Toshiba's new Kira is a 2014 update to last year's model, which marked the company's first foray into premium Ultrabook territory. With a sleek chassis, still-impressive WQHD+ display and improved battery life, it joins a growing list of competing Windows Ultrabooks toting high-resolution, high-pixel-density displays. And there's a fair few of them.
For the Kira's entry price of £1,299 ($1,499, about AU$1,605), you could bag yourself a 13-inch MacBook Pro with Retina display, a Dell XPS 13 or a hybrid like the Lenovo IdeaPad Yoga 2 Pro or Asus UX301. In the business arena, the Lenovo ThinkPad X1 Carbon and Fujitsu Lifebook U904 also pack sharp screens, slim designs and the latest Intel Core processors.
After years of putting out dependable if slightly uninspired mid-range laptops, Toshiba's original Kira was a statement of intent, a flash Bentley coming off a production line of three-door hatchbacks. A spec boost to an already attractive Ultrabook is welcome, but is it enough to launch the Kira into pole position?
Design and build quality
Apple hasn't yet launched its almost legendary MacBook Air with Retina, but if it did it'd probably look a bit like the Kira. Measuring 23mm at its thickest point, its body tapers toward the bottom making it appear thinner.
The black bezel surrounding the screen is eye-catching; not only is it thinner than what you would find on a MacBook Pro, it's part matte and part glossy which makes it a little more interesting to look at too.
The lid and base are coated in an attractive silver finish that's complimented by a shiny silver lining around the power button - which turns blue when activated, along with an orange Wi-Fi indicator - and trackpad.
Sure enough, the Kira is a very good (but not quite great)-looking machine that curiously loses appeal when the lid is closed. A silver Toshiba logo adorns its bottom left-hand corner, and its opposing square and rounded corners contrast effectively, but there's nothing here that screams premium.
Build quality is decent overall thanks to the Kira's magnesium alloy construction that uses a honeycomb structure. You'll only notice the flex on the underside of the base if you actively go prodding it, but the lid is worryingly bendable to the point that you'll want to avoid using it to pick the machine up.
Thankfully the hinge is sturdy enough to prevent the lid from wobbling, so you'll only have to touch the lid when opening and closing it - an act that takes two hands - one to prise it open and the other to hold the base steady. Four rubber feet on each corner of the base keep the machine sturdy when you're typing.
Though it was more of a standout feature on last year's version, the Kira's 13.3-inch WQHD (Wide Quad High Definition) PixelPure display still makes for impressive viewing, with high contrast levels that show off its deep blacks and solid colours.
The high quality of the display is partly because it's an IGZO (indium gallium zinc oxide) variant, the same type that's used in the iPad Air, which allows for higher pixel densities by using smaller semiconductor components.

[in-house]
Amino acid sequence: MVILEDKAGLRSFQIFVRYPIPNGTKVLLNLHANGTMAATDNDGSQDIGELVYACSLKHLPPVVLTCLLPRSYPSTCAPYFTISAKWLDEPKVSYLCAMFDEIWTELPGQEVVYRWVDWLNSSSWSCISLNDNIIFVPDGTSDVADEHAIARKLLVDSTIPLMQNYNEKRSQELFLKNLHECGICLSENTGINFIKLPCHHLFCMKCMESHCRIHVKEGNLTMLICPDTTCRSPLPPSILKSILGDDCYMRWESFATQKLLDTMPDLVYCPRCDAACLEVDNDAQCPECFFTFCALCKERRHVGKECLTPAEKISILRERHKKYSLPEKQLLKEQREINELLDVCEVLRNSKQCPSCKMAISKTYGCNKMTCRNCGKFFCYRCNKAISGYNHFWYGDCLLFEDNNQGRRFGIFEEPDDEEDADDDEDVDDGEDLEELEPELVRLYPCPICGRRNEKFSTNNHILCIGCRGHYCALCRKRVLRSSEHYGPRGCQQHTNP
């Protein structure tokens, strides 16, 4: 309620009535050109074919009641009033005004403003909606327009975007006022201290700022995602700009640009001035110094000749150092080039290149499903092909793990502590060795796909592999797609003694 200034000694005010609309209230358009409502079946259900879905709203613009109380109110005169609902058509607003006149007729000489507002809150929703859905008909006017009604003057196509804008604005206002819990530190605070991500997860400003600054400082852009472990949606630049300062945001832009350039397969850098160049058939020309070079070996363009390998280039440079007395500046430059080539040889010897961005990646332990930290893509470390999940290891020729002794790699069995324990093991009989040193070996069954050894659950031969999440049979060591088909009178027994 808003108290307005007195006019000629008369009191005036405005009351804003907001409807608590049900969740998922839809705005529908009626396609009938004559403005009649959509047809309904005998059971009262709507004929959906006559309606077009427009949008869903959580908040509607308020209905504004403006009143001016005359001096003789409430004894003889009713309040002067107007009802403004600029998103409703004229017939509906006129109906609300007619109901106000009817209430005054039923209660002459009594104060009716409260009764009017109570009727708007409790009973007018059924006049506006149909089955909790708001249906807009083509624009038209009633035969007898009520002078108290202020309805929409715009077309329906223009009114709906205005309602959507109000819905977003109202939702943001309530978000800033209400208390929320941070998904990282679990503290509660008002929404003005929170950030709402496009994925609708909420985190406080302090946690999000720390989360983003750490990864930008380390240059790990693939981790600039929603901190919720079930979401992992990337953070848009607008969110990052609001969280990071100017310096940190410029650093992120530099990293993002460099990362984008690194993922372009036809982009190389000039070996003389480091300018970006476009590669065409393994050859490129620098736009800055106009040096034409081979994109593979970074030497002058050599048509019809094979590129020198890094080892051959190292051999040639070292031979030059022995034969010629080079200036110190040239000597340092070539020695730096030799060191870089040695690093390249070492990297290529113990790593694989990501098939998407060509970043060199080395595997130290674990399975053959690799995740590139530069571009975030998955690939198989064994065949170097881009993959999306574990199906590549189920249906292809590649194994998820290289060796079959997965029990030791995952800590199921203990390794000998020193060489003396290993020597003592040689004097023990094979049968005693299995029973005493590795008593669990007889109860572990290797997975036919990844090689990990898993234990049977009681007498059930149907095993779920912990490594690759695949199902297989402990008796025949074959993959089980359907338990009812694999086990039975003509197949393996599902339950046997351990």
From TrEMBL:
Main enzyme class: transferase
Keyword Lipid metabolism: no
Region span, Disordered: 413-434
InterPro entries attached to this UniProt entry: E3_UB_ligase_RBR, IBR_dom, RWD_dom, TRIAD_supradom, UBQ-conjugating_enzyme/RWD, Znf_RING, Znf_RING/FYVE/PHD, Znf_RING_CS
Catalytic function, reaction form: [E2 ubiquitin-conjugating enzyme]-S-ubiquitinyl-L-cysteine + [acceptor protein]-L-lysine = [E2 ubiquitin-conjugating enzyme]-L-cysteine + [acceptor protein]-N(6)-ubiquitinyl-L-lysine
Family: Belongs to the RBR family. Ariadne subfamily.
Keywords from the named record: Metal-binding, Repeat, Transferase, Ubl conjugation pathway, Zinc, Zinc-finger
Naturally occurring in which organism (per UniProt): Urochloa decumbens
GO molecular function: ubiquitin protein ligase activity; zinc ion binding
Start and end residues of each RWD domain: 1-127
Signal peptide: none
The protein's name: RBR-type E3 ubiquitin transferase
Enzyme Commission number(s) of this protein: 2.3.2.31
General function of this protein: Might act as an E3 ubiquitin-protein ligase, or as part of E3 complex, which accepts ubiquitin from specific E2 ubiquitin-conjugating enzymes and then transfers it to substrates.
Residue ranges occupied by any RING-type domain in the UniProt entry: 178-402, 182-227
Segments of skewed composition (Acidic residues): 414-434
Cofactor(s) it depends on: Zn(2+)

It's far from perfect though: despite its solid color reproduction, the panel's image quality is hampered by a dim backlight, which maxes out at what feels like around 85% brightness. It's made worse by the display's highly reflective nature, which makes viewing its contents awkward in places like our brightly lit office - or outdoors.
The display features 10-point multi-touch, which is responsive and accurate. It may be questionable whether you would need touch on a non-hybrid model (especially for the added cost), but it certainly allows you to perform some tasks faster than using a trackpad or mouse.
The panel is made of Corning Concore glass, a type of glass designed for touch-sensitive panels that should protect against drops and scrapes.
Keyboard, trackpad and speakers
Despite feeling quite compact for a 13-inch Ultrabook (mainly thanks to the thin bezel), the Kira doesn't provide a cramped typing experience. However, that's not helped by the fact that its chiclet-style keyboard keys aren't completely square; they're slightly wider than they are tall, which may take some adjusting.
A little more annoying is the small shift button on the left-hand side of the keyboard. If you're anything like me, you'll have to retrain your left pinky in order to hit it every time.
The Kira should never be chosen as your main sound system for house parties as its Harmon Kardon speakers are no substitute for a dedicated speaker and subwoofer system.
However, it bodes fine for personal listening and you can tweak the sound settings using its DTS Studio Surround app, which lets you alter the maximum volume output and bass boost, and there are settings to change between between 3D and surround sound. There's also an equaliser that allows you to play with a number of presets.